35 SALZBURGERS key points came to Georgia after being expelled from Germany / Austria for not being Catholic came to Georgia after being expelled from Germany / Austria for not being Catholic Protestants who wanted religious freedom Protestants who wanted religious freedom Created the town of Ebenezer, but was too swampy to survive Created the town of Ebenezer, but was too swampy to survive Relocated to the town of New Ebenezer along Savannah River – became a very religious community, also had silk mills Relocated to the town of New Ebenezer along Savannah River – became a very religious community, also had silk mills Trustees liked the hard working Salzburgers because they did not like slavery or alcohol which were rules the colonists had to live by Trustees liked the hard working Salzburgers because they did not like slavery or alcohol which were rules the colonists had to live by Very successful farmers Very successful farmers

36 Rincon, Georgia is where the town of New Ebenezer was located.

37 Sketch of Ebenezer, Georgia Print from Von Reck Archive, Royal Library of Denmark, Copenhagen Sketch of Ebenezer, Georgia Print from Von Reck Archive, Royal Library of Denmark, Copenhagen

38 MAP OF THE SALZBURGER SETTLEMENT OF NEW EBENEZER ON THE SAVANNAH RIVER

39 SALZBURGERS Whatever you forget about the Salzburgers between now and the CRCT, at least remember this… The Salzburgers were Protestant Christians who were kicked out of Catholic controlled Germany and wanted religious freedom in Georgia.

40 ROLE OF THE SALZBURGERS AND HIGHLAND SCOTS WHO: SALZBURGERS WHO: SALZBURGERS WHAT: GROUP OF PROTESTANT PEOPLE FROM EUROPE (GERMANY / AUSTRIA) WHO HELPED COLONIZE GEORGIA WHAT: GROUP OF PROTESTANT PEOPLE FROM EUROPE (GERMANY / AUSTRIA) WHO HELPED COLONIZE GEORGIA WHEN: 1734 WHEN: 1734 WHERE: BUILT THE TOWN OF NEW EBENEZER NORTHWEST OF SAVANNAH ALONG THE SAVANNAH RIVER. WHERE: BUILT THE TOWN OF NEW EBENEZER NORTHWEST OF SAVANNAH ALONG THE SAVANNAH RIVER. WHY: ESCAPED RELIGIOUS PERSECUTION FROM CATHOLIC CONTROLLED GERMANY / AUSTRIA WHY: ESCAPED RELIGIOUS PERSECUTION FROM CATHOLIC CONTROLLED GERMANY / AUSTRIA WHO: HIGHLAND SCOTS WHAT: WHEN: WHERE: WHY:

41 HIGHLAND SCOTS James Oglethorpe wanted to protect the Georgia colony from possible attacks from Spanish Florida. The men of Scotland had the reputation of being good soldiers, and so Oglethorpe recruited a group of about 175 Highland Scots to settle in the area south of Savannah. The group arrived at the Altamaha River in 1736 and established a settlement they originally called New Inverness. Later, they changed the name to Darien.James Oglethorpe wanted to protect the Georgia colony from possible attacks from Spanish Florida. The men of Scotland had the reputation of being good soldiers, and so Oglethorpe recruited a group of about 175 Highland Scots to settle in the area south of Savannah. The group arrived at the Altamaha River in 1736 and established a settlement they originally called New Inverness. Later, they changed the name to Darien. - Dr. Glen Blankenship and Vicki Wood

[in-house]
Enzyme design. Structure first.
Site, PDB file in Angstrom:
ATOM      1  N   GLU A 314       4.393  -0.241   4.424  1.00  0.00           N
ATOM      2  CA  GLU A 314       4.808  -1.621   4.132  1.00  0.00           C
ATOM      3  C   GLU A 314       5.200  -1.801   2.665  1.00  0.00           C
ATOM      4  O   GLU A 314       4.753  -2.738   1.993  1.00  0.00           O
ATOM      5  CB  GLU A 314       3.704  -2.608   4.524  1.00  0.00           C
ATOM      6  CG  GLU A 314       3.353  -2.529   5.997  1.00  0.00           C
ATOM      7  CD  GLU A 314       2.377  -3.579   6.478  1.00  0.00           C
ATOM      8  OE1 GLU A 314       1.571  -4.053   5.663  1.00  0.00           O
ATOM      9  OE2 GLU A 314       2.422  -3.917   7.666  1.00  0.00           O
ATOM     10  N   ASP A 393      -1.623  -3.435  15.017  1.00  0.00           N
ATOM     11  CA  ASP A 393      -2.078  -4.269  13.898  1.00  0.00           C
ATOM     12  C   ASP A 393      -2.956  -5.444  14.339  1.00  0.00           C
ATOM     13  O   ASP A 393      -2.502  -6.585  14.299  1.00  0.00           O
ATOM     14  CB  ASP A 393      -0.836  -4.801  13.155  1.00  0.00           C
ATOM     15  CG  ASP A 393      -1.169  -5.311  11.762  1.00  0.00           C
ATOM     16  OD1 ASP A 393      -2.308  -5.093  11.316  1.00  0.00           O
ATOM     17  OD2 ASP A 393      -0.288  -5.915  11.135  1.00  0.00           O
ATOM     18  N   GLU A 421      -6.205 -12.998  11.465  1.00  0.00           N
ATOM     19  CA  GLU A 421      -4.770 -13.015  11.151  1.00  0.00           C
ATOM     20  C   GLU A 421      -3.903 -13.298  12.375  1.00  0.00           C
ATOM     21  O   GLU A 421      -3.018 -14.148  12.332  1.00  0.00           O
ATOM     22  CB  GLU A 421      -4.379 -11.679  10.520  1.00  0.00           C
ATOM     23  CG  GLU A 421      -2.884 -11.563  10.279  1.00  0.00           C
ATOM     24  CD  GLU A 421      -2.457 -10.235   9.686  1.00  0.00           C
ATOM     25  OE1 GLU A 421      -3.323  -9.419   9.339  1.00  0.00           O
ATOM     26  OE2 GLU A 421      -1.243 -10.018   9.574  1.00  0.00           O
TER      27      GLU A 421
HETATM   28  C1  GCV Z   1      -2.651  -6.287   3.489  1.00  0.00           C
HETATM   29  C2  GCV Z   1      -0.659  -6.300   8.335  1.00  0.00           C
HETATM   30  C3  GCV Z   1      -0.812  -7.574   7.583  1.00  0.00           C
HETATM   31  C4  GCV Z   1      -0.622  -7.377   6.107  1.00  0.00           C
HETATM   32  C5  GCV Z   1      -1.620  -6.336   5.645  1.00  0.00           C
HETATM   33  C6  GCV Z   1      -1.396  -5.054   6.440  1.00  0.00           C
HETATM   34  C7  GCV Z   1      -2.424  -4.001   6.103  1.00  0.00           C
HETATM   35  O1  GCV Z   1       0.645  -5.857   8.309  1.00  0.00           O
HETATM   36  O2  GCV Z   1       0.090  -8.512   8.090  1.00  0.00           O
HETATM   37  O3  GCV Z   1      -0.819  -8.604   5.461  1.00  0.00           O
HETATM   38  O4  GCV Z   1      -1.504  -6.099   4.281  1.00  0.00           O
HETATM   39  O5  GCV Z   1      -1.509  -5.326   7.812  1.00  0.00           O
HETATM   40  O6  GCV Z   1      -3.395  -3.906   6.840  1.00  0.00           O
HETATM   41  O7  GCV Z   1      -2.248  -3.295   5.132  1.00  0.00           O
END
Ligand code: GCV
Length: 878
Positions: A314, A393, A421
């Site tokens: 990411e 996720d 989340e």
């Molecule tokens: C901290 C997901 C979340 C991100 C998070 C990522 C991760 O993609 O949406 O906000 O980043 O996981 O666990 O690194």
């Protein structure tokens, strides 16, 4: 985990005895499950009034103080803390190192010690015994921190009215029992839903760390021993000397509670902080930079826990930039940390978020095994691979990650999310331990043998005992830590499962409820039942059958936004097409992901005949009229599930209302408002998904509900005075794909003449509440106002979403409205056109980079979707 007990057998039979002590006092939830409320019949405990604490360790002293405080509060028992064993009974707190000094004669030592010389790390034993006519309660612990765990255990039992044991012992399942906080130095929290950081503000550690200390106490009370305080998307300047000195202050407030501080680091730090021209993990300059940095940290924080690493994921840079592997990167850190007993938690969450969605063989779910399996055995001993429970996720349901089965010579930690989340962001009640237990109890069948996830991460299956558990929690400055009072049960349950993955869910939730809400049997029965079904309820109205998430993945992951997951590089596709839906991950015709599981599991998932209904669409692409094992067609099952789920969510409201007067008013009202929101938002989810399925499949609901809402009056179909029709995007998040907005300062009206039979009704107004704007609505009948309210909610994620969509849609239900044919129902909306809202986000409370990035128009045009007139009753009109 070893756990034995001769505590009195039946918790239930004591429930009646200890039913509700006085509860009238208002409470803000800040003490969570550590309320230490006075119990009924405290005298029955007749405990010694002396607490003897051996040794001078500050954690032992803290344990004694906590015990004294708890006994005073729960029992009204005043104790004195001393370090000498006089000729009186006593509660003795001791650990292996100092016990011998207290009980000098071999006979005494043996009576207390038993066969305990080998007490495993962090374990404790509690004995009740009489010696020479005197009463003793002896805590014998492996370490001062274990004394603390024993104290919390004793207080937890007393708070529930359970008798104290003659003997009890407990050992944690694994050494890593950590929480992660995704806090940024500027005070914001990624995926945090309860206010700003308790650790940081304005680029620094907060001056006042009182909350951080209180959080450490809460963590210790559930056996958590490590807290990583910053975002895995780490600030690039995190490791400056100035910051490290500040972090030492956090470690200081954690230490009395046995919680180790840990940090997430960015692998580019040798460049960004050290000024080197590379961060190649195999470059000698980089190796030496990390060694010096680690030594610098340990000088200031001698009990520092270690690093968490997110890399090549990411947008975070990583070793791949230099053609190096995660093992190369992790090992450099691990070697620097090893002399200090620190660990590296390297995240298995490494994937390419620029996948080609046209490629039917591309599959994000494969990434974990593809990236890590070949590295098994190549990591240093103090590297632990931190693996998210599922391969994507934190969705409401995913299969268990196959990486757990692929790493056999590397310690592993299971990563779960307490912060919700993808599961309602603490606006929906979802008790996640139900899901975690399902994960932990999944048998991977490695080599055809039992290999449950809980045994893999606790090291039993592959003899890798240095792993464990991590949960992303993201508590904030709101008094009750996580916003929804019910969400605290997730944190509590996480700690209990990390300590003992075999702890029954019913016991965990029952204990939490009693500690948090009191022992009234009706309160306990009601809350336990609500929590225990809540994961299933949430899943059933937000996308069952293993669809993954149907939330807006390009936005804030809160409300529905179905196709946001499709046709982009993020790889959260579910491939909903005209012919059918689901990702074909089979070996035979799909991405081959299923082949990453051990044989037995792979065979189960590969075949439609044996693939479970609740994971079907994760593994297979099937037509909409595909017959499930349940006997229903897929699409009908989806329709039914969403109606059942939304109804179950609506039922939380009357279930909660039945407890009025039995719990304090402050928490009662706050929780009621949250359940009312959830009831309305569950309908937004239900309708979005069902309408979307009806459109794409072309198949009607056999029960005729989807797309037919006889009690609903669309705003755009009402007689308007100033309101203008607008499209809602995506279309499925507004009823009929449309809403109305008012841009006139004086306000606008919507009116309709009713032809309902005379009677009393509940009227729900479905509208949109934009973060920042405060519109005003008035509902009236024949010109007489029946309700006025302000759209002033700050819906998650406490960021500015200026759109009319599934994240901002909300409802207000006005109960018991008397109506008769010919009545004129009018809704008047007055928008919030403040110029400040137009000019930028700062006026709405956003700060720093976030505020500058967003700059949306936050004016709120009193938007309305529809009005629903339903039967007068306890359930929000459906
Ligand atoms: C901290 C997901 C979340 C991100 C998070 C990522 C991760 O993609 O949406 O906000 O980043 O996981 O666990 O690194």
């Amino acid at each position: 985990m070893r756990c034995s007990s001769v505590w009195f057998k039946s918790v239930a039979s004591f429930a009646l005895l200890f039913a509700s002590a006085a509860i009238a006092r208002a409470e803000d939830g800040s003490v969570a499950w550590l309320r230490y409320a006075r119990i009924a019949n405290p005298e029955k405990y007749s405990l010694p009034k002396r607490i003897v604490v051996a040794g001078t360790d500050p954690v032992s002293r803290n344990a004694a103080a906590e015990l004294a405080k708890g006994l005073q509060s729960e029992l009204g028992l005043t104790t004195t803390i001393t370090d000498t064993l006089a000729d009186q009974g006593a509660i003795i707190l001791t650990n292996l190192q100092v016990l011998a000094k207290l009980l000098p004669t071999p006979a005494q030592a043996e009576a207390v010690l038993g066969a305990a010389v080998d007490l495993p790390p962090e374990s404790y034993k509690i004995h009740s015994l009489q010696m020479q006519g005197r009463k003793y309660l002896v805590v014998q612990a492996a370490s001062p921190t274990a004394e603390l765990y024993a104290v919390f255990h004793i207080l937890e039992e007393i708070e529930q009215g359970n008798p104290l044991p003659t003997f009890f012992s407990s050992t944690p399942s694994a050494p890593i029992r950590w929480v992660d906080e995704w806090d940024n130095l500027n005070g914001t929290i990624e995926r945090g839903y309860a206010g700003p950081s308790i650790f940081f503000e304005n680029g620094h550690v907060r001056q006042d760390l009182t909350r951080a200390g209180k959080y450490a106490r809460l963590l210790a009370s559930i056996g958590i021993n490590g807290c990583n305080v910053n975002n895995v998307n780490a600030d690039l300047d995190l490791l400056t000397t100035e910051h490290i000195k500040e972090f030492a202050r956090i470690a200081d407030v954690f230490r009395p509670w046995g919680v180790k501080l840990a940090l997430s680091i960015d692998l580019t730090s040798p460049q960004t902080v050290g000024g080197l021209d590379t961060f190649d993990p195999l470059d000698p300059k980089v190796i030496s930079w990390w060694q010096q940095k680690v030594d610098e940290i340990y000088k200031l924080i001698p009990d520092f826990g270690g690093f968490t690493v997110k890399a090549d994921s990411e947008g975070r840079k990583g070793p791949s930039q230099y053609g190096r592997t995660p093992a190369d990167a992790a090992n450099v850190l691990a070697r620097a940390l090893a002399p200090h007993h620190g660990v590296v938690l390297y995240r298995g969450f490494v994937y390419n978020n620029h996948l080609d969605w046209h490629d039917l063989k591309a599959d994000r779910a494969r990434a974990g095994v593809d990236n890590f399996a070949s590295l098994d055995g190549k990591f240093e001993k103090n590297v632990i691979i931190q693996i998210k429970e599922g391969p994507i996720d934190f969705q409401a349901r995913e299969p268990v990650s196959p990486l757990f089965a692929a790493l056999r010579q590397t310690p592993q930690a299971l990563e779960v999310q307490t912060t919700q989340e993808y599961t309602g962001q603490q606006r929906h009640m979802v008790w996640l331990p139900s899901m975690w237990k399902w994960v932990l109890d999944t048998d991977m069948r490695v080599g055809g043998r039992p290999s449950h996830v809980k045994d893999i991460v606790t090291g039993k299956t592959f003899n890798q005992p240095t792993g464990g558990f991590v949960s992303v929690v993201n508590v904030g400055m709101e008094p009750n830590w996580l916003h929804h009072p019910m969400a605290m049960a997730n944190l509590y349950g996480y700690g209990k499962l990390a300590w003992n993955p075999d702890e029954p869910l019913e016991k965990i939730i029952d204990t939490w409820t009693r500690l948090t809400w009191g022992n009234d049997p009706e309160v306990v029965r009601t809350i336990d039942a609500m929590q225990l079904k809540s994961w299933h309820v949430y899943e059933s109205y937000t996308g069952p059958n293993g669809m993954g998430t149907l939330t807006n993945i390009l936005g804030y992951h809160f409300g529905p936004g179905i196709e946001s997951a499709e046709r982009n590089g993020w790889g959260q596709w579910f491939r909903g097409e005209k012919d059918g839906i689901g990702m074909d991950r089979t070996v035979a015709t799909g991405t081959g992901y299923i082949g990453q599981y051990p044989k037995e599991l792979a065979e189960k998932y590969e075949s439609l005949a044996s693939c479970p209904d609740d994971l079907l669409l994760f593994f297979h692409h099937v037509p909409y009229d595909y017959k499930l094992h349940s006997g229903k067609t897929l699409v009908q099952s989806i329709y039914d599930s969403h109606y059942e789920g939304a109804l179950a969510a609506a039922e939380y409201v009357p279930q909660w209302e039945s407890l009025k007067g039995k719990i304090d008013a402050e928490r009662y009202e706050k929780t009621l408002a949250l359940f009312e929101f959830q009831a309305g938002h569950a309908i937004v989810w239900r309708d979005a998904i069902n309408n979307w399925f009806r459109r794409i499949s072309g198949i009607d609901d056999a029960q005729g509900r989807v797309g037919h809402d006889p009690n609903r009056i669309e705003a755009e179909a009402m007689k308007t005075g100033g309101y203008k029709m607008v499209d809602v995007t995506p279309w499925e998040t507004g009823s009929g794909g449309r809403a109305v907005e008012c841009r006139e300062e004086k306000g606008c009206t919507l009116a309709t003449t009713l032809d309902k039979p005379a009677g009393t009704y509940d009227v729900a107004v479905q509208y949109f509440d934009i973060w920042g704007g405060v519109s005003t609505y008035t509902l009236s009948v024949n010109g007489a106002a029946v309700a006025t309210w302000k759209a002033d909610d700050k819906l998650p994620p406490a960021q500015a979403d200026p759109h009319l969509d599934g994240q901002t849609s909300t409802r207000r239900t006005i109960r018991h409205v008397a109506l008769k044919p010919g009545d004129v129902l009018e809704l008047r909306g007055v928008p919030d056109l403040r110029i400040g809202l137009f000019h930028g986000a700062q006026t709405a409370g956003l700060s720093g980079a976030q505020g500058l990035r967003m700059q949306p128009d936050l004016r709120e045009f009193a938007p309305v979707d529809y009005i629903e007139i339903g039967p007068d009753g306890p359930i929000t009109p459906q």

42 HIGHLAND SCOTS key points Came to Georgia in 1736 from Scotland Came to Georgia in 1736 from Scotland Built the town / fort of Darien south of Savannah along the Altamaha River Built the town / fort of Darien south of Savannah along the Altamaha River Reputation of hard working people who were good soldiers Reputation of hard working people who were good soldiers Protected the Georgia colony from Spanish Florida – helped Oglethorpe push the Spanish out of Georgia in the Battle of Bloody Marsh Protected the Georgia colony from Spanish Florida – helped Oglethorpe push the Spanish out of Georgia in the Battle of Bloody Marsh Changed from farming to cattle raising and harvesting timber Changed from farming to cattle raising and harvesting timber Opposed slavery in the colony Opposed slavery in the colony

43 Darien: Where the Highland Scots built a fort and settlement to protect the colony from Spanish Florida.

44 HIGHLAND SCOTS SUMMARY Whatever you forget about the Highland Scots between now and the CRCT, at least remember this… The Highland Scots were soldiers who colonized Georgia by creating the town of Darien and helped defend the colony from the Spanish during the Battle of Bloody Marsh.

45 ROLE OF THE SALZBURGERS AND HIGHLAND SCOTS WHO: SALZBURGERS WHO: SALZBURGERS WHAT: GROUP OF PROTESTANT PEOPLE FROM EUROPE (GERMANY / AUSTRIA) WHO HELPED COLONIZE GEORGIA WHAT: GROUP OF PROTESTANT PEOPLE FROM EUROPE (GERMANY / AUSTRIA) WHO HELPED COLONIZE GEORGIA WHEN: 1734 WHEN: 1734 WHERE: BUILT THE TOWN OF NEW EBENEZER NORTHWEST OF SAVANNAH ALONG THE SAVANNAH RIVER. WHERE: BUILT THE TOWN OF NEW EBENEZER NORTHWEST OF SAVANNAH ALONG THE SAVANNAH RIVER. WHY: ESCAPED RELIGIOUS PERSECUTION FROM CATHOLIC CONTROLLED GERMANY / AUSTRIA WHY: ESCAPED RELIGIOUS PERSECUTION FROM CATHOLIC CONTROLLED GERMANY / AUSTRIA WHO: HIGHLAND SCOTS WHAT: GROUP OF SOLDIERS FROM SCOTLAND WHO HELP COLONIZE GEORGIA AND DEFEND THE COLONY FROM THE SPANISH WHEN: 1736 WHERE: BUILT THE TOWN & FORT CALLED DARIEN ALONG THE ALTAMAHA RIVER AND RAISED CATTLE AND TIMBER WHY: OGLETHORPE NEEDED THEIR MILITARY HELP TO DEFEAT THE SPANISH DURING THE BATTLE OF BLOODY MARSH